The Importance of Buy & Hold

In mid-March 2008, when the market was down 25.85%, I was quietly confident that there shouldn’t be a huge amount of downside left after such a substantial decline.
Now, you will note from the above statement, I don’t rate much in the forecasting stakes – the market went on to fall roughly as far again over the ensuing 12 months.  What I can lay claim to is some solid results in the stock-selection stakes.  I found Credit Corp Group (ticker – CCP), they seemed to tick a lot of the boxes I seek, reasonably long and consistently profitable trading history, high return on equity, averaging over 25%.  Their only issue would seem to have been that they were far too heavily leveraged at a time when such leverage was frowned upon due to seizing credit markets.  A quick perusal of their business and their cash flows, however, indicated that if they committed seriously to paying down their debts, they could do so in pretty short order – they did and they have (cut by roughly 2/3 in the next 2 years).
So I bought a small parcel of CCP @ 66 cents 14/03/2008 (it is not a big holding, today they make up less than 4% of the family portfolio).  In pretty short order, they hit 99 cents (up 50% on purchase price), and then they bottomed at 39 cents on 28th January 2009 (down 40.91% on my purchase price).  All this indicates is that it was a volatile period; those of you in the market then will already know this.
In any case – as at the time of first drafting this post (20/12/10), CCP is priced at $4.05 and they have returned me 14 cents in dividends since purchase.  So they represent $4.19 of value to me today, which equates to an annualised return of 95.83%.  I don’t point this out to gloat; I have made a couple of purchases that worked out better & a great many that did not nearly so well (doing not nearly so well as 95.83% can actually be quite satisfactory).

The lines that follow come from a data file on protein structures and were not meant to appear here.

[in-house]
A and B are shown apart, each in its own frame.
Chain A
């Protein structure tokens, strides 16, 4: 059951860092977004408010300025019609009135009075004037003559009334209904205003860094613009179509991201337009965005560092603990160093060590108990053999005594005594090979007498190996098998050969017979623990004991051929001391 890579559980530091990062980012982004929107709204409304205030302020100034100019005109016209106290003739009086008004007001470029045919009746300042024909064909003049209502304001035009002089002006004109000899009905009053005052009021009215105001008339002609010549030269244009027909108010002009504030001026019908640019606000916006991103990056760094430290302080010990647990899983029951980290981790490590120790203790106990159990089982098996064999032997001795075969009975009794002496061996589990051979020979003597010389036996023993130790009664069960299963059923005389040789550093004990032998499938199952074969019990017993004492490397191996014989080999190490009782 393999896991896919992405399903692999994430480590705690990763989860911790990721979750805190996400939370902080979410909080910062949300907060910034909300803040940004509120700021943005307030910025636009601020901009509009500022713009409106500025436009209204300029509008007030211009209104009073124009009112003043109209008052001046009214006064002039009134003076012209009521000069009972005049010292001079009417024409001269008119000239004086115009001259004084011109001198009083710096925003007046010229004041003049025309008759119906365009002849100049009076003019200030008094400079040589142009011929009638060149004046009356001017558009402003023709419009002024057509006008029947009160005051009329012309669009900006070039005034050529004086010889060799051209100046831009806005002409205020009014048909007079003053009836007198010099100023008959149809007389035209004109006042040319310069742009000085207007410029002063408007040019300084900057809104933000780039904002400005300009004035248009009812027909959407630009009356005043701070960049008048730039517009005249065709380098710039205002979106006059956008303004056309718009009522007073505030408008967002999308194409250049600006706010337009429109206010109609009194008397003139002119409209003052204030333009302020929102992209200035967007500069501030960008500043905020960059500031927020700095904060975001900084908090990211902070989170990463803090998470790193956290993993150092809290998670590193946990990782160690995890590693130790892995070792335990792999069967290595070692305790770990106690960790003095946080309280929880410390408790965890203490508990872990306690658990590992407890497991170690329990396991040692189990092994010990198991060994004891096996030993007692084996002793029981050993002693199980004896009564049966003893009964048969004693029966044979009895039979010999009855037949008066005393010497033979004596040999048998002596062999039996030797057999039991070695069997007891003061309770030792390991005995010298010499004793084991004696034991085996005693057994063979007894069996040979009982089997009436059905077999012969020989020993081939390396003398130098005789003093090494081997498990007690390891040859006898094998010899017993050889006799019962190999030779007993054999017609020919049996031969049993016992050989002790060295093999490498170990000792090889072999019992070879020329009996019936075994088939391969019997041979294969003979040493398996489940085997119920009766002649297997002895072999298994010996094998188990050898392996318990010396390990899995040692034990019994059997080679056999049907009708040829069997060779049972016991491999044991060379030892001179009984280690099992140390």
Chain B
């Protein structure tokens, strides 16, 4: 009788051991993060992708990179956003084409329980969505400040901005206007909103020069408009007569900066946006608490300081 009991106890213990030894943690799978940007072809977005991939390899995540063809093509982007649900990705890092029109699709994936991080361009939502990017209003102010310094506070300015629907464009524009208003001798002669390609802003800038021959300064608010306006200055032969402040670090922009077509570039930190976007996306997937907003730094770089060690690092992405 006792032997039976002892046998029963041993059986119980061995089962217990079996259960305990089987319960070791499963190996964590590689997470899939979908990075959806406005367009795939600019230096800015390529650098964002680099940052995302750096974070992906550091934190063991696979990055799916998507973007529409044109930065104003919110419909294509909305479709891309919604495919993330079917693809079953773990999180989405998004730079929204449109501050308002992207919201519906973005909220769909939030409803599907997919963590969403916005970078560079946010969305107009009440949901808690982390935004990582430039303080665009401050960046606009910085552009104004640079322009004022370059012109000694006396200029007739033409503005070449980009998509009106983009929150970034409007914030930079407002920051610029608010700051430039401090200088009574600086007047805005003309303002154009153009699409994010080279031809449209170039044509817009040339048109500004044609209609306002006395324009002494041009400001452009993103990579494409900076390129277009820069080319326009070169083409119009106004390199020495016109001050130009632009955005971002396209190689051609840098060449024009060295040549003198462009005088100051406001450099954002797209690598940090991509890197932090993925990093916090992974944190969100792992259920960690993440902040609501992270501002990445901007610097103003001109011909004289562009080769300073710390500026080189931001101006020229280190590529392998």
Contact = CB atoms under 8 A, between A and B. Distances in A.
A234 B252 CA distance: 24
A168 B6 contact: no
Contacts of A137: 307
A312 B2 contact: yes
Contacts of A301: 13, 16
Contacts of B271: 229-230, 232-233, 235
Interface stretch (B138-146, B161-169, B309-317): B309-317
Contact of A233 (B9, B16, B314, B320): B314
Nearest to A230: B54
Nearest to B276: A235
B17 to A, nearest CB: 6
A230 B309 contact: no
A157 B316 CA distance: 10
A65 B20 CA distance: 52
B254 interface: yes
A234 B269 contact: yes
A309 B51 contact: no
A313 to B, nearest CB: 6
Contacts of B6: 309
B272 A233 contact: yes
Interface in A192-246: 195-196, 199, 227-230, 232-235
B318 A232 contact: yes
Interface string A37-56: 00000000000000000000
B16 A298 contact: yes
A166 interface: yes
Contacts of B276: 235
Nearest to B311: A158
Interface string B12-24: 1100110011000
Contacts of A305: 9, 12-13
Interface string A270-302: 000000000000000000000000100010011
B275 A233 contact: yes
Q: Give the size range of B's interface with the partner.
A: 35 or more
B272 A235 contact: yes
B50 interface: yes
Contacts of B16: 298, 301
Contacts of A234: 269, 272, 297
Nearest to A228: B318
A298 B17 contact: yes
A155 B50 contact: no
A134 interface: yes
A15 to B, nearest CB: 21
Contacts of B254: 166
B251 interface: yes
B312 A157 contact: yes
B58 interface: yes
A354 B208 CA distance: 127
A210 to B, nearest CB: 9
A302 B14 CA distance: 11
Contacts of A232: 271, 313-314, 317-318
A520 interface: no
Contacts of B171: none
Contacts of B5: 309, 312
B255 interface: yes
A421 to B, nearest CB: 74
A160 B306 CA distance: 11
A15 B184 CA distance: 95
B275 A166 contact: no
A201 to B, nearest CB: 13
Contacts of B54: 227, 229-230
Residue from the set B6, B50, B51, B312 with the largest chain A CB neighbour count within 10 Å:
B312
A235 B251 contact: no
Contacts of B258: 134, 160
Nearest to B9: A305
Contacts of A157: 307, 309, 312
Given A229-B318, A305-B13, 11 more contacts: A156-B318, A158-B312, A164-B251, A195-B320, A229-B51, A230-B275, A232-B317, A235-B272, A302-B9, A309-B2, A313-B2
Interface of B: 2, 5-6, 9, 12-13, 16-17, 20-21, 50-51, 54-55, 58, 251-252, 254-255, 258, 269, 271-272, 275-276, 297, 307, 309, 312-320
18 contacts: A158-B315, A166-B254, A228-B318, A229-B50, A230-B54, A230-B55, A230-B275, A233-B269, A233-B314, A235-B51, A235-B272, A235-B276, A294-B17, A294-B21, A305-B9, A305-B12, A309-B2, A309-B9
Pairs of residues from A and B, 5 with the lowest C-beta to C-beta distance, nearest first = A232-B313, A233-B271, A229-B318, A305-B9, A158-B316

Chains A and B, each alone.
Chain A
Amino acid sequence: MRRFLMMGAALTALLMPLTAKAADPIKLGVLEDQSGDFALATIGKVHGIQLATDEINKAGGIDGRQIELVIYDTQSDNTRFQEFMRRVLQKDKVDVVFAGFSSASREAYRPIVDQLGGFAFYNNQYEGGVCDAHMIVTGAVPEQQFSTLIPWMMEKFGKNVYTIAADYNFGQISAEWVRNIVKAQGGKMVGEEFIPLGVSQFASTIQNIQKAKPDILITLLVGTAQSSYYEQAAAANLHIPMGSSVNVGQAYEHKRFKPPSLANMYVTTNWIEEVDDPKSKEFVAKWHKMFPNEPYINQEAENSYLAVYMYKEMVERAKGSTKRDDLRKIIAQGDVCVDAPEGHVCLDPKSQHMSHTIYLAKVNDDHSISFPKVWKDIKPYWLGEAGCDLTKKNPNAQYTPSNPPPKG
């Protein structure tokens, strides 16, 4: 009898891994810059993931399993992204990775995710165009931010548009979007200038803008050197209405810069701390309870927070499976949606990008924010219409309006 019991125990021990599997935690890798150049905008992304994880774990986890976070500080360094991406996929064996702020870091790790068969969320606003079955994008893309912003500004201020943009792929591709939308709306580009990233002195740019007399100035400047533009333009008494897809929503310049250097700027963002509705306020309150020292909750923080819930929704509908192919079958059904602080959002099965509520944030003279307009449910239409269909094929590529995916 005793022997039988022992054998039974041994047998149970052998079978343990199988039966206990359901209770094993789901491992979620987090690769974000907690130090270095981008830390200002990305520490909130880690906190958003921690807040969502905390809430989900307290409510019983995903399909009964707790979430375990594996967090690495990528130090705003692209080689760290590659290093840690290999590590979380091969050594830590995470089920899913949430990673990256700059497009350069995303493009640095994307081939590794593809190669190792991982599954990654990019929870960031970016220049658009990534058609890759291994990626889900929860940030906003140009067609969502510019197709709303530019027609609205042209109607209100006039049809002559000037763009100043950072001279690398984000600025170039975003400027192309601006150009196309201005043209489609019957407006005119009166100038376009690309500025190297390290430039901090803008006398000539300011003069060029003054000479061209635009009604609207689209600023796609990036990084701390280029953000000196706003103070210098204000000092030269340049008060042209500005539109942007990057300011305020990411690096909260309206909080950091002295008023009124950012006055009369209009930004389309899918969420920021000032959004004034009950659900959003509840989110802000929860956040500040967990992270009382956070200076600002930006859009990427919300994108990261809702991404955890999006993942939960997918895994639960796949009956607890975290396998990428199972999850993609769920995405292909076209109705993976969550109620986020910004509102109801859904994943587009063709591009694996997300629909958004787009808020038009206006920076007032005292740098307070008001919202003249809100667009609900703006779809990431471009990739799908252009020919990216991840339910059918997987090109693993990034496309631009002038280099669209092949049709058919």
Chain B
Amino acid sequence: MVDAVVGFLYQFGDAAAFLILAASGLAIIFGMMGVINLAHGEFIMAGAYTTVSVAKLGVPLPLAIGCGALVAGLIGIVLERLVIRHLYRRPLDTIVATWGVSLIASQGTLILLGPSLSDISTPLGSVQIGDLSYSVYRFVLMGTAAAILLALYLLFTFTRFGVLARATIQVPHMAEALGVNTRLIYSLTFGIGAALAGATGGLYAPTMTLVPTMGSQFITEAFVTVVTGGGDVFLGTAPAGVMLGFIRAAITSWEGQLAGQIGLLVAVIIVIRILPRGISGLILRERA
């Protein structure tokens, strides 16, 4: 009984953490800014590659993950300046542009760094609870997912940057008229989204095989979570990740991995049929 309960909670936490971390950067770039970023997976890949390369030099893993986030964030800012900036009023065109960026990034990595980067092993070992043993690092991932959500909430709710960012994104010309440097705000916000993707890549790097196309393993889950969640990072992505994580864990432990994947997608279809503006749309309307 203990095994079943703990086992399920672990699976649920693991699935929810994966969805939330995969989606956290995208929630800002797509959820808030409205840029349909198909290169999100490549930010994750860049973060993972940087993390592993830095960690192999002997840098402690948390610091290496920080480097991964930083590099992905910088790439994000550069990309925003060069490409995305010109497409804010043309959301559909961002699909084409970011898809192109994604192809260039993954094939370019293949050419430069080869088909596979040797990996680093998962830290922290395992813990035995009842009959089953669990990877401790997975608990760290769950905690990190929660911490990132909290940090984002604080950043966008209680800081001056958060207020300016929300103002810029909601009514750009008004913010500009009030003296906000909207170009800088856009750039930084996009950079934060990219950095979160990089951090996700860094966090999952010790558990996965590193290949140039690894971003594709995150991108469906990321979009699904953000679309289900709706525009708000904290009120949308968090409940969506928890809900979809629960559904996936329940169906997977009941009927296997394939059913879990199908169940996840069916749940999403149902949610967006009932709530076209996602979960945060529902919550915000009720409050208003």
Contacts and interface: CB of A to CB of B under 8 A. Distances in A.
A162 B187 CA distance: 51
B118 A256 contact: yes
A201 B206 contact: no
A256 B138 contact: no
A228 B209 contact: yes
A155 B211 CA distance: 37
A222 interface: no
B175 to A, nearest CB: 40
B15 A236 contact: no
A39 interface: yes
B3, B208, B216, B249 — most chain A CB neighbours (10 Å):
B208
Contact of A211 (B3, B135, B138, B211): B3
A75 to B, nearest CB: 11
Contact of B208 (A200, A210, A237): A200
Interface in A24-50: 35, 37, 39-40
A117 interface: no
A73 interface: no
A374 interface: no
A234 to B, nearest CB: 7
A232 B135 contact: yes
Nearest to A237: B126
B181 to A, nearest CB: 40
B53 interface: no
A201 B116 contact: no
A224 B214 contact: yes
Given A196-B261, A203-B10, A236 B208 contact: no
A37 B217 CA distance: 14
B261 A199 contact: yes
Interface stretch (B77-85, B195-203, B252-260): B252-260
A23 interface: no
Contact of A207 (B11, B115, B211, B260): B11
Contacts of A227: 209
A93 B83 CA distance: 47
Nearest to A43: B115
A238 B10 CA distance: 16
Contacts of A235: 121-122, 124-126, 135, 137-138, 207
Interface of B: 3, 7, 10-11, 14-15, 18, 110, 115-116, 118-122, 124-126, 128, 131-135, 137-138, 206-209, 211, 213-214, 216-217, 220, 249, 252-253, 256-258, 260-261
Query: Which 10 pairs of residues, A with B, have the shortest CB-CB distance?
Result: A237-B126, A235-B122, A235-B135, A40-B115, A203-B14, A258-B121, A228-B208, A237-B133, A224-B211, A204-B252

In truth, the point I want to make regards the ‘buy & hold’ ethos.  I make the point as follows – In order to maintain my annualised growth of 95.83% on my original 66-cent purchase price, CCP will need to grow my investment by 63.25 cents per year (.9583 x 0.66).  This means that to get to 20/12/2011 still carrying my return of 95.83% pa (on original purchase price), I need CCP to finish the year at about $4.68 (including dividends).  Now this only represents a return of 15.62% from their current position. This is only a little more than 3% above the historic market (S&P/ASX200 TR) return, and entirely possible from this company.
 $    4.05
 $    4.68
 $    5.31
 $    5.95
 $    6.58
 $    7.21
 $    7.84
 $    8.48
 $    9.11
 $    9.74
 $   10.37

The table set out to the left further demonstrates this proposition stretched out for the next 10 years.  You will see that by the 10th year, the required return (assuming a smooth return of 95.83% per annum on my original investment) is only 6.49%.  I can go out today and get a 6.5% return from any number of places, so that will be eminently achievable.

Though I haven’t included the next 10 years of the table, I can assure you it gets more impressive, by the 20th year all I need in order to continue to grow my starting capital by 95.83% annually on its original value is to grow my holding by only 3.94%.  Clearly, if 3.94% is all the return I expect, I may start to move some of this capital elsewhere, but you see the power of the notion.  This is a demonstration of one of the most powerful parts of share investing, the power of the ‘free leverage’ afforded by uncrystallised capital gains. Tony Hansen – 17/01/2011.